Feeling Nuts*!

*Excuse the pun but when I think back about my emotional rollercoaster times
trying to cope with cancer it was a nuts feeling!

The fear that came with the cancer often drove me in front of a mirror starring
at myself and asking: Am I going nuts?! This unbearable feeling of not knowing
often reflexed in my interpersonal dealings. The encounters with others from
family, friends, nurses and my students were nuts – often positive, some
arkward. The actions and reactions from my side as well as from others often
ended in impotent / powerless silent.

Nuts! Why? The only reason I could find is that we all don’t know how to deal with cancer or similar situations. Asking a cancer patient “How are you?” feels silly because everyone can imagine how you feel. Yes – “imagine” is the right word. I felt the same and tried to explain my feelings. Yes – imagine … but I couldn’t explain my nuts feelings either.

I like to quote out of my book just one of these encounters that proofs that the feelings are nuts:

My wound was healing fairly quickly and moving around became easier. The Fistball World Championships were held in Windhoek that year. It was a welcome opportunity for me to get out and meet people and see and hear something different. During the past days and weeks there had been only one
topic – cancer!

I ran into a lot of acquaintances, but these encounters were different than
previous ones. As soon as we said ‘hello’ I realised that he or she knew! After
the hello we were immediately lost for words. Nobody wanted to ask how I was.

How could a cancer patient possibly be? It was good that I was able to talk about it. I plunged into it to break the awkward silence. It helped me and it helped the others. Once they noticed that I was able to speak about my illness they really wanted to know how I felt. Then the question how are you was suddenly appropriate again.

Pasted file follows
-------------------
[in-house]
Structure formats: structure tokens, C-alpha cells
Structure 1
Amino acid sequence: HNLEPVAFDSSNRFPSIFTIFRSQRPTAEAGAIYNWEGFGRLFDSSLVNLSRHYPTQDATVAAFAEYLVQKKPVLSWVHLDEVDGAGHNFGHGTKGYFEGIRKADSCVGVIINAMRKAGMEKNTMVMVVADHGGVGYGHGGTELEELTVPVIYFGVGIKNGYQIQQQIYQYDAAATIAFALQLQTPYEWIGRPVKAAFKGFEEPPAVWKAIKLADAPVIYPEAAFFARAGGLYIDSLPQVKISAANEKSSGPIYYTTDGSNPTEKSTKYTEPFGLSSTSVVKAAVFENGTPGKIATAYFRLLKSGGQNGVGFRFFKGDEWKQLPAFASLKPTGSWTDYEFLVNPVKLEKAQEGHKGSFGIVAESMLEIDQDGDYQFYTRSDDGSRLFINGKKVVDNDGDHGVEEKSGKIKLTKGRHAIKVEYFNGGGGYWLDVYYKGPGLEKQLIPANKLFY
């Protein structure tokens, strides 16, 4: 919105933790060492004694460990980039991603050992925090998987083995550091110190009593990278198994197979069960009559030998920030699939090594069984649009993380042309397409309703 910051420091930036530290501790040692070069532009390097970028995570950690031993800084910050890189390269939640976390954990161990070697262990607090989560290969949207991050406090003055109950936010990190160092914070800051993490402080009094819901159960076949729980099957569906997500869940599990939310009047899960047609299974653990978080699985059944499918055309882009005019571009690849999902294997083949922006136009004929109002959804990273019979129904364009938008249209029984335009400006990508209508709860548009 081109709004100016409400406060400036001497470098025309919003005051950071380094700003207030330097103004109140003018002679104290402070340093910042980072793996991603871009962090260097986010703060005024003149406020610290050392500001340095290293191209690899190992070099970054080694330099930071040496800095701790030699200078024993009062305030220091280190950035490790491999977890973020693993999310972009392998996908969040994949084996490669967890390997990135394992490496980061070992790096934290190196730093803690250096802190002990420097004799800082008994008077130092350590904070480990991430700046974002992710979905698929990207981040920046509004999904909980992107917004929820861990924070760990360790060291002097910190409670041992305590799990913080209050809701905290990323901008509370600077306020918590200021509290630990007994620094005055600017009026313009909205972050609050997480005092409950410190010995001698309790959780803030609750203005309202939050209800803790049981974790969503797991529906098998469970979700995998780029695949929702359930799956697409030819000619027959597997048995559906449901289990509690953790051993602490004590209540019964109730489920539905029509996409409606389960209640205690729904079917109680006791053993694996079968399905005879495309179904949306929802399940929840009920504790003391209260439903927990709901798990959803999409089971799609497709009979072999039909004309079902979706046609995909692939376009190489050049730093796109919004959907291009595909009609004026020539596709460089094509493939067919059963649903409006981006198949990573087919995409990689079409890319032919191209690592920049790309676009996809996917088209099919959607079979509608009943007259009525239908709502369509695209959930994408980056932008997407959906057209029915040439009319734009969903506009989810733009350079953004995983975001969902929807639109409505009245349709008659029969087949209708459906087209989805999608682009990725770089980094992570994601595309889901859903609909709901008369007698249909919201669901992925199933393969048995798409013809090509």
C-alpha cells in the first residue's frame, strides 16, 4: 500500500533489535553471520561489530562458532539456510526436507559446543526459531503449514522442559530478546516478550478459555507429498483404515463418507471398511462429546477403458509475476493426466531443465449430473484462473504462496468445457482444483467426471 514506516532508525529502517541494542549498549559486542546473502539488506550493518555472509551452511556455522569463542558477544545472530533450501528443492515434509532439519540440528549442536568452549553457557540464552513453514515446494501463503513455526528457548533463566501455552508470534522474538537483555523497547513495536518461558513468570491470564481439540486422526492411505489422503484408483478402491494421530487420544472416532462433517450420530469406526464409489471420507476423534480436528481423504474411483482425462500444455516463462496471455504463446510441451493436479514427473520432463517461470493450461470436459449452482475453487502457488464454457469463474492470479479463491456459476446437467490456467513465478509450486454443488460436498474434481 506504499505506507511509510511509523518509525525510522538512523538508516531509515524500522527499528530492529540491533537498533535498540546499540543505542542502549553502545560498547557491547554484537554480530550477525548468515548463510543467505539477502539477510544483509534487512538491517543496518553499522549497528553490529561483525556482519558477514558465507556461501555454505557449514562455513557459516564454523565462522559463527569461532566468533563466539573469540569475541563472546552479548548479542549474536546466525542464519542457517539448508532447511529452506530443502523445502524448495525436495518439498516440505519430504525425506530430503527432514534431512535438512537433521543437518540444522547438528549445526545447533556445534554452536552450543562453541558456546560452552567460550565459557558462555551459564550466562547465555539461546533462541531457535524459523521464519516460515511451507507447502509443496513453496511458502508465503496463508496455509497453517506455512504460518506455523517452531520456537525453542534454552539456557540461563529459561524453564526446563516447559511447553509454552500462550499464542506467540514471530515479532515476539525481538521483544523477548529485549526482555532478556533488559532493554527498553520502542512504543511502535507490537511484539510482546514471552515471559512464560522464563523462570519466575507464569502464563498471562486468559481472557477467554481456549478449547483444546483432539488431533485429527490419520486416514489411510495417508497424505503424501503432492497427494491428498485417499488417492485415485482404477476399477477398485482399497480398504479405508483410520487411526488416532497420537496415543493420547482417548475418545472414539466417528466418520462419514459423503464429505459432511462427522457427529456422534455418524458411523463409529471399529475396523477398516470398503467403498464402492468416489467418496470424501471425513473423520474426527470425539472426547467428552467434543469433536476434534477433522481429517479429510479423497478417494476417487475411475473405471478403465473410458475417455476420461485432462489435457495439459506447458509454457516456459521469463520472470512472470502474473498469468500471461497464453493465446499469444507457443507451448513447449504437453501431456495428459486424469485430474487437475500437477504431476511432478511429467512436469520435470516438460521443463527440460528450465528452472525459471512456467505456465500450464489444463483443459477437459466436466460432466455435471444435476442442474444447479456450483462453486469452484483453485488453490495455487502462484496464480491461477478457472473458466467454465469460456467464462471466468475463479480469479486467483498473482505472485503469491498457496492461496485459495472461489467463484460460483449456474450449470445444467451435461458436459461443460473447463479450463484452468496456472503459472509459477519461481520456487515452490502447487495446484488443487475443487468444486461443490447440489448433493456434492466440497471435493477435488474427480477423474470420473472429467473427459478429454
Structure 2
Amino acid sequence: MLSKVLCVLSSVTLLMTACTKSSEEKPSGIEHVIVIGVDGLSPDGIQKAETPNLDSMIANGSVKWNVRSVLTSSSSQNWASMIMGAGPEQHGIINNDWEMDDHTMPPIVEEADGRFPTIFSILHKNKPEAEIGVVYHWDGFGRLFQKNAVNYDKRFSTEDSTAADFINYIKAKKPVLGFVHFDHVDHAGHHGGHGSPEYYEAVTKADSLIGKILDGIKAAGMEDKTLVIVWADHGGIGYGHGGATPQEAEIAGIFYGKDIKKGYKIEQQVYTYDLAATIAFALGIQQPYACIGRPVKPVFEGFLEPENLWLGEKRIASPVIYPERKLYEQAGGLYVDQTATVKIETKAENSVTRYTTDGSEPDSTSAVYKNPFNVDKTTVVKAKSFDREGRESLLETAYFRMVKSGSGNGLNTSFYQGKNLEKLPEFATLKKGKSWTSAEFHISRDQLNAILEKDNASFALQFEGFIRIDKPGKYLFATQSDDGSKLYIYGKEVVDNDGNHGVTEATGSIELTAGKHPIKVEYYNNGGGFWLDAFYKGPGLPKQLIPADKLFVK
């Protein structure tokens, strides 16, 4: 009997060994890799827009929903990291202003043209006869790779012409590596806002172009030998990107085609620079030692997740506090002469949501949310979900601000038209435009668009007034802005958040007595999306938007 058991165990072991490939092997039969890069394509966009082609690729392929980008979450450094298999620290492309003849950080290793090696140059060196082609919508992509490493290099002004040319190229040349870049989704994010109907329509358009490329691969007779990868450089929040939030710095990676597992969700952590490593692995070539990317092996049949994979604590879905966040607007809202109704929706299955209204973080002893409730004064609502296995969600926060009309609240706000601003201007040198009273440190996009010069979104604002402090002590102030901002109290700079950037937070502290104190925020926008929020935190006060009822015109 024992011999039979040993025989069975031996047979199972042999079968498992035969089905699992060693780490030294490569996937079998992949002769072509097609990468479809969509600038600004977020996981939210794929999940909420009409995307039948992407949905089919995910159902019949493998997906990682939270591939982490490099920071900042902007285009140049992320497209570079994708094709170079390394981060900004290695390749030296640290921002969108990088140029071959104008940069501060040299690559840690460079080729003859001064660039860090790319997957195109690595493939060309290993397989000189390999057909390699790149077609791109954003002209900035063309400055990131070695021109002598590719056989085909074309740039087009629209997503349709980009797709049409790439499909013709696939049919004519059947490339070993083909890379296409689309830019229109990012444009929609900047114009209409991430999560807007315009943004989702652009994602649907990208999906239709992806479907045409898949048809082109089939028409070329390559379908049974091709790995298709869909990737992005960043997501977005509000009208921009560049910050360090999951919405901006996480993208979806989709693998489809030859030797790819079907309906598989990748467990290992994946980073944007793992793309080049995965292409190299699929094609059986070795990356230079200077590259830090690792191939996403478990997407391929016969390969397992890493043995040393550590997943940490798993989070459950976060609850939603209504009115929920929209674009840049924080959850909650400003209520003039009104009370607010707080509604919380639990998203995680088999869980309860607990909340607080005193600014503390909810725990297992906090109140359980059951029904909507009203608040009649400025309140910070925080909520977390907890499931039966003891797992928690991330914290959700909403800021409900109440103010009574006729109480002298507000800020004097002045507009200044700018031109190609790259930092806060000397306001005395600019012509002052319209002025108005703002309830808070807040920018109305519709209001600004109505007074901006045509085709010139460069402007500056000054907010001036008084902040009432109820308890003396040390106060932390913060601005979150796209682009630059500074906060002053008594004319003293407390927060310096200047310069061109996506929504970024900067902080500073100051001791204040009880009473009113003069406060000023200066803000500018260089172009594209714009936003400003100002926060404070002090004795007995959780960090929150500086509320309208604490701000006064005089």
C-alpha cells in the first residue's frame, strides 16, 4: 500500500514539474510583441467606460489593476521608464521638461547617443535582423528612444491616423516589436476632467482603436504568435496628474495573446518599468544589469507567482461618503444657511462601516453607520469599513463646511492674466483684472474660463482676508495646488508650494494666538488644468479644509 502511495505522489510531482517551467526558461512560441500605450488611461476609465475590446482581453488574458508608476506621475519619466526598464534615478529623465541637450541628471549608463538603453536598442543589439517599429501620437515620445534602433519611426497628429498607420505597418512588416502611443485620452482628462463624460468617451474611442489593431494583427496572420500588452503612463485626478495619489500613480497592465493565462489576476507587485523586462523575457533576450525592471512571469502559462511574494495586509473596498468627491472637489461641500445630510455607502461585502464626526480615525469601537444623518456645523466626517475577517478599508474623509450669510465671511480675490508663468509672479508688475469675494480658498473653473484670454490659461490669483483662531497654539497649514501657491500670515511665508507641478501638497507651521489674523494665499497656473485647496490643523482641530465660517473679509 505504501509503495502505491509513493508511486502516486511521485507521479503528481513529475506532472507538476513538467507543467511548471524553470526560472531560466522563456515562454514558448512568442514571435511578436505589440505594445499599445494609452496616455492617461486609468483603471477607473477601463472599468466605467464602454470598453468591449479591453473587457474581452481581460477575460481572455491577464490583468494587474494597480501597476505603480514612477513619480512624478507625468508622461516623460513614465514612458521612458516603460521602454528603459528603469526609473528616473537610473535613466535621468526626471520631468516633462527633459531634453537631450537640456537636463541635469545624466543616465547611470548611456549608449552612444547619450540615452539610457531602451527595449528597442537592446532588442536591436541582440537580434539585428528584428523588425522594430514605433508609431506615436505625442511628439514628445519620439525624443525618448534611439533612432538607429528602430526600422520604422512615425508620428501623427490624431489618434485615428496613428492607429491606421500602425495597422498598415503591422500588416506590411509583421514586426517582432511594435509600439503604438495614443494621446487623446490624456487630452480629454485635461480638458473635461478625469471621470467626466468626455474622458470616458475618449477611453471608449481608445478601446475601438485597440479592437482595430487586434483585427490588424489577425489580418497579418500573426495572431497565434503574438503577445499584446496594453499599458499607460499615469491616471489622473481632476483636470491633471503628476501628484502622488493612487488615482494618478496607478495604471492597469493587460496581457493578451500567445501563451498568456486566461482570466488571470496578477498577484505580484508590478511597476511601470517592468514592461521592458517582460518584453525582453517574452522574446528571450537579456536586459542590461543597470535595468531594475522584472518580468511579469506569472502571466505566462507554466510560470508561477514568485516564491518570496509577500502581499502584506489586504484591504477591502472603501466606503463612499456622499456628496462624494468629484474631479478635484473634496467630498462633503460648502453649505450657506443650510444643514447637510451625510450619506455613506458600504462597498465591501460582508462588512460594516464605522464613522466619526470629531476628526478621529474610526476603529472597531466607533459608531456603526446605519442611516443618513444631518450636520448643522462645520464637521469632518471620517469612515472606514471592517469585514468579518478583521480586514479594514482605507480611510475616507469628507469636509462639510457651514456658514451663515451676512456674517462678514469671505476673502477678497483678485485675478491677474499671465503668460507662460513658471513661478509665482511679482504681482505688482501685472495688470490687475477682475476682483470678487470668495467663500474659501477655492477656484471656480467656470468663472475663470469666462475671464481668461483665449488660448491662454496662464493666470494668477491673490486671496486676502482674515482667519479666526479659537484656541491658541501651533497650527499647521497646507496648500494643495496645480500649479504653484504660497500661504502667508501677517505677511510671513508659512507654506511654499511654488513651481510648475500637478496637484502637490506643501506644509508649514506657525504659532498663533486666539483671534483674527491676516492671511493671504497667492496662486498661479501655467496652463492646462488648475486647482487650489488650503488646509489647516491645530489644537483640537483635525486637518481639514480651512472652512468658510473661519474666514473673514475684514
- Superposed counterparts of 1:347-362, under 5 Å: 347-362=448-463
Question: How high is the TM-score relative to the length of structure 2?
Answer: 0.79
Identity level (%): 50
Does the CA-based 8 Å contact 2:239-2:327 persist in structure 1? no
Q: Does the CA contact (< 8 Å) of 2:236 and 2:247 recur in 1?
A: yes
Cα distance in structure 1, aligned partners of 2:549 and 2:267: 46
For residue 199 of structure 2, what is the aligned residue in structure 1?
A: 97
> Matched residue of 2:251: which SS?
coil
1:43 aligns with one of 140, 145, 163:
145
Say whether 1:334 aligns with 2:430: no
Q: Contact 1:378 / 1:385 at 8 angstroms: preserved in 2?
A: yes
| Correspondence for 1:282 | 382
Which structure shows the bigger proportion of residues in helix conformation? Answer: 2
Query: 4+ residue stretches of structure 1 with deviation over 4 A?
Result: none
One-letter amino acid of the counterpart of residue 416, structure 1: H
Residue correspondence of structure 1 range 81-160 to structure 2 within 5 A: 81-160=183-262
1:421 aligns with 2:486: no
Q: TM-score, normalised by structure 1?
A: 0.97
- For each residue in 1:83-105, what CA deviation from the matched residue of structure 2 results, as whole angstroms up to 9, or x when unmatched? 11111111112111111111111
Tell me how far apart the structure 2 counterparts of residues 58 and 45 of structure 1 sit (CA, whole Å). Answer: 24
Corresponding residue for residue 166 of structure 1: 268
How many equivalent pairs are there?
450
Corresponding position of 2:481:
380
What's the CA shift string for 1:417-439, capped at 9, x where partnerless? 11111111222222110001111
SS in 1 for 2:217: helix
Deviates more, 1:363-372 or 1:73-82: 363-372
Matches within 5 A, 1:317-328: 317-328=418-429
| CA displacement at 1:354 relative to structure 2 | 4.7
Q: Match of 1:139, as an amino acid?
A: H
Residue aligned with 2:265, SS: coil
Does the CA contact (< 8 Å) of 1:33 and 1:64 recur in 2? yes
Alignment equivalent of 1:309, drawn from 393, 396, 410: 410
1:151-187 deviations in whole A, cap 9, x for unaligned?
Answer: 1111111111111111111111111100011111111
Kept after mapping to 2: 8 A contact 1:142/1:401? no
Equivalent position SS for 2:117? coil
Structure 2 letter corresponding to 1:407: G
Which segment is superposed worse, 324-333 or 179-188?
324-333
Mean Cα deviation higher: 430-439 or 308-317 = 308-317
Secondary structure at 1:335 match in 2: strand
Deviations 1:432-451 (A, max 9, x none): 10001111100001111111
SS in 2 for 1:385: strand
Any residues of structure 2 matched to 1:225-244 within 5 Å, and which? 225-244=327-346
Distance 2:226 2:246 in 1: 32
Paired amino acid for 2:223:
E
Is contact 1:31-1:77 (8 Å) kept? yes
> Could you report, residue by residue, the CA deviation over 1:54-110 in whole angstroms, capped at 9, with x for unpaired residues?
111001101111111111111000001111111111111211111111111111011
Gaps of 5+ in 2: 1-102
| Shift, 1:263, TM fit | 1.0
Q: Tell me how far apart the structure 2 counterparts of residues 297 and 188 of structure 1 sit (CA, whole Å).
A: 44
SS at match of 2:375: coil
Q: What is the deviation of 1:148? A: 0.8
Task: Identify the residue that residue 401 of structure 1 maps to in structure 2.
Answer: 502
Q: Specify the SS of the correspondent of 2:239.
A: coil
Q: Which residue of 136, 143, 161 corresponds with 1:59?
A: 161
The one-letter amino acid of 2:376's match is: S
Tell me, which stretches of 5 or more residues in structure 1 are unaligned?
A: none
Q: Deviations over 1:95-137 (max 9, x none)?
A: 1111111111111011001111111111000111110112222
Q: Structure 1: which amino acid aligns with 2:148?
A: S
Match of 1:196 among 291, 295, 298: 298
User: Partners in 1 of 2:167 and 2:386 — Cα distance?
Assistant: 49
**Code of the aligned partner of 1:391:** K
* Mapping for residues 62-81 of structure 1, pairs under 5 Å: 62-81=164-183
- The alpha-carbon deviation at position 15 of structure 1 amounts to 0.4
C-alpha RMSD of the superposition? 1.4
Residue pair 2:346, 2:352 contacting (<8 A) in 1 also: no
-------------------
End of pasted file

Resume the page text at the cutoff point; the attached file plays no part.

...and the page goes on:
I realised that most people don’t know how to deal with such situations. Many want to help but they don’t know how, and at the same time they would rather run away. Everybody knows and tries to avoid this awkward behaviour. It is similar to meeting somebody after there has been a death in his family. What
should you say?!

In the evening in the beer tent I sat among many acquaintances but was nevertheless alone. I had a feeling that I was being avoided, when I so badly wanted to talk. After all it was the reason why I had come here. I didn’t hold it against anybody but it hurt!

Only Roger, a former pupil, came up to me. “First of all, let’s have a drink on you,” he said looking me straight in the eye. It felt great! “Why is it that you of all people had to get cancer? You went to Cape Town with us and you did so much for us. You have this great sense of humour and partook in all our shenanigans. It isn’t fair!” “I didn’t choose this.”

With tears in our eyes we downed our shooters. “This morning on the sports field you suddenly stood next to me and I was so surprised that I had no idea what I should say.” “You needn’t feel bad about it, Roger. You have the courage to address me. That feels good.”

Still feeling nuts? – being a patient or not – talk to each other because it feels good! And to all the men out there: talk! And feel your nuts for testicular cancer lumps once a month.